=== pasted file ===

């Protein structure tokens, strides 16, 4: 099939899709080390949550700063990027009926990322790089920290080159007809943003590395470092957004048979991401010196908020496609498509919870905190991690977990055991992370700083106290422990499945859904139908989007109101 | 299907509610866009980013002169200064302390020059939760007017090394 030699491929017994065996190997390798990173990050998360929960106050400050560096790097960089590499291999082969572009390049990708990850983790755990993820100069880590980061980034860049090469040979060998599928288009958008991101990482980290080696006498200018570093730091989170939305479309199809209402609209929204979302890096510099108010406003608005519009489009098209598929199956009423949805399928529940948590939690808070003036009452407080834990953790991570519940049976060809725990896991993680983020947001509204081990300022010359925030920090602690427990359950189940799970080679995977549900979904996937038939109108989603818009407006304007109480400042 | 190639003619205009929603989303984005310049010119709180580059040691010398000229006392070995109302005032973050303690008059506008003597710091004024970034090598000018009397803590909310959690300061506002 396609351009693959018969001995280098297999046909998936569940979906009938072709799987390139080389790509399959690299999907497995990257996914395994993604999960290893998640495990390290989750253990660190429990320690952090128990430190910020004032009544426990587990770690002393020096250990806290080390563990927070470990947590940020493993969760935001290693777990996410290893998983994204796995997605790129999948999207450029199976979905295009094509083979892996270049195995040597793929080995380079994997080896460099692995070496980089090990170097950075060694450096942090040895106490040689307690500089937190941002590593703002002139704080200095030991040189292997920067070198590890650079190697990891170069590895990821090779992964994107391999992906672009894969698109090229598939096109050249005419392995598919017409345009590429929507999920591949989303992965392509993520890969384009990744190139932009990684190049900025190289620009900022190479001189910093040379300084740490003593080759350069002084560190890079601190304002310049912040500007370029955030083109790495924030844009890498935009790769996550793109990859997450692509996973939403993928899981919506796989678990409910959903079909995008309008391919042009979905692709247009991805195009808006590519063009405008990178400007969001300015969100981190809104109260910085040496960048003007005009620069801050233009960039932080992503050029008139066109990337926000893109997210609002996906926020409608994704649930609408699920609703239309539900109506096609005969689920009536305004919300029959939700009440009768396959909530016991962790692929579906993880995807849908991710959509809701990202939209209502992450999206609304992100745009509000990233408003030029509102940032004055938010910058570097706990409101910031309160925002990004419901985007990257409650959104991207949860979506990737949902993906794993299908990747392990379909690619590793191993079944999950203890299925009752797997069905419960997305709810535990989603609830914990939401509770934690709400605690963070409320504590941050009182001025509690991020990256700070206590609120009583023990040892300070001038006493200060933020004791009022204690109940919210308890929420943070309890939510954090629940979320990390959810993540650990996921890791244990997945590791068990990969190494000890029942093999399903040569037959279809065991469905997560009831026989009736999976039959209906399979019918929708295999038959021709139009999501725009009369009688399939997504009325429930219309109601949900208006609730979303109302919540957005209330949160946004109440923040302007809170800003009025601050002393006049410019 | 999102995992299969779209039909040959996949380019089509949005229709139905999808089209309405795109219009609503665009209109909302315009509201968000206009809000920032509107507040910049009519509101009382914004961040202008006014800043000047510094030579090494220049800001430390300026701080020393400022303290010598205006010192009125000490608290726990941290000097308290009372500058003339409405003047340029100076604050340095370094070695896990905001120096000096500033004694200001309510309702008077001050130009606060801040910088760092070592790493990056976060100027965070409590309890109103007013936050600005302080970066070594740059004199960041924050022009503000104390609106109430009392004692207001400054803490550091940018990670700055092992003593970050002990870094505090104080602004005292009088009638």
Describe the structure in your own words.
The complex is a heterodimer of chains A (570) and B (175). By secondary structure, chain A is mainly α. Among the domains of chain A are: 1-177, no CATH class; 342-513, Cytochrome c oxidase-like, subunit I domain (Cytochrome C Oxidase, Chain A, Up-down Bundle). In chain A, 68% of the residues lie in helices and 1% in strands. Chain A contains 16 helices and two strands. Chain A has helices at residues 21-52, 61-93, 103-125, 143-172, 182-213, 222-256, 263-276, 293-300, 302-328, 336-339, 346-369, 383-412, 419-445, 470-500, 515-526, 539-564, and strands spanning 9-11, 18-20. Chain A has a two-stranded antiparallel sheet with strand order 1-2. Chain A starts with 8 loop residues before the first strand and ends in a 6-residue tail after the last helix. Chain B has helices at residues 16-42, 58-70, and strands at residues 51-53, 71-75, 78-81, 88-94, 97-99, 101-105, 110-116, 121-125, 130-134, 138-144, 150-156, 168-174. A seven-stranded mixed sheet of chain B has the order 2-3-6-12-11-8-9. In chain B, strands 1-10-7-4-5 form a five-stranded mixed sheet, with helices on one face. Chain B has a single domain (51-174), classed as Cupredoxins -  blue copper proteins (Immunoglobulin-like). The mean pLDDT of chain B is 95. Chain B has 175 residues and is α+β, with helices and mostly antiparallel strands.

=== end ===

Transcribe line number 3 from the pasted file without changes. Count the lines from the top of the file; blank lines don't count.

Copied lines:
The complex is a heterodimer of chains A (570) and B (175). By secondary structure, chain A is mainly α. Among the domains of chain A are: 1-177, no CATH class; 342-513, Cytochrome c oxidase-like, subunit I domain (Cytochrome C Oxidase, Chain A, Up-down Bundle). In chain A, 68% of the residues lie in helices and 1% in strands. Chain A contains 16 helices and two strands. Chain A has helices at residues 21-52, 61-93, 103-125, 143-172, 182-213, 222-256, 263-276, 293-300, 302-328, 336-339, 346-369, 383-412, 419-445, 470-500, 515-526, 539-564, and strands spanning 9-11, 18-20. Chain A has a two-stranded antiparallel sheet with strand order 1-2. Chain A starts with 8 loop residues before the first strand and ends in a 6-residue tail after the last helix. Chain B has helices at residues 16-42, 58-70, and strands at residues 51-53, 71-75, 78-81, 88-94, 97-99, 101-105, 110-116, 121-125, 130-134, 138-144, 150-156, 168-174. A seven-stranded mixed sheet of chain B has the order 2-3-6-12-11-8-9. In chain B, strands 1-10-7-4-5 form a five-stranded mixed sheet, with helices on one face. Chain B has a single domain (51-174), classed as Cupredoxins -  blue copper proteins (Immunoglobulin-like). The mean pLDDT of chain B is 95. Chain B has 175 residues and is α+β, with helices and mostly antiparallel strands.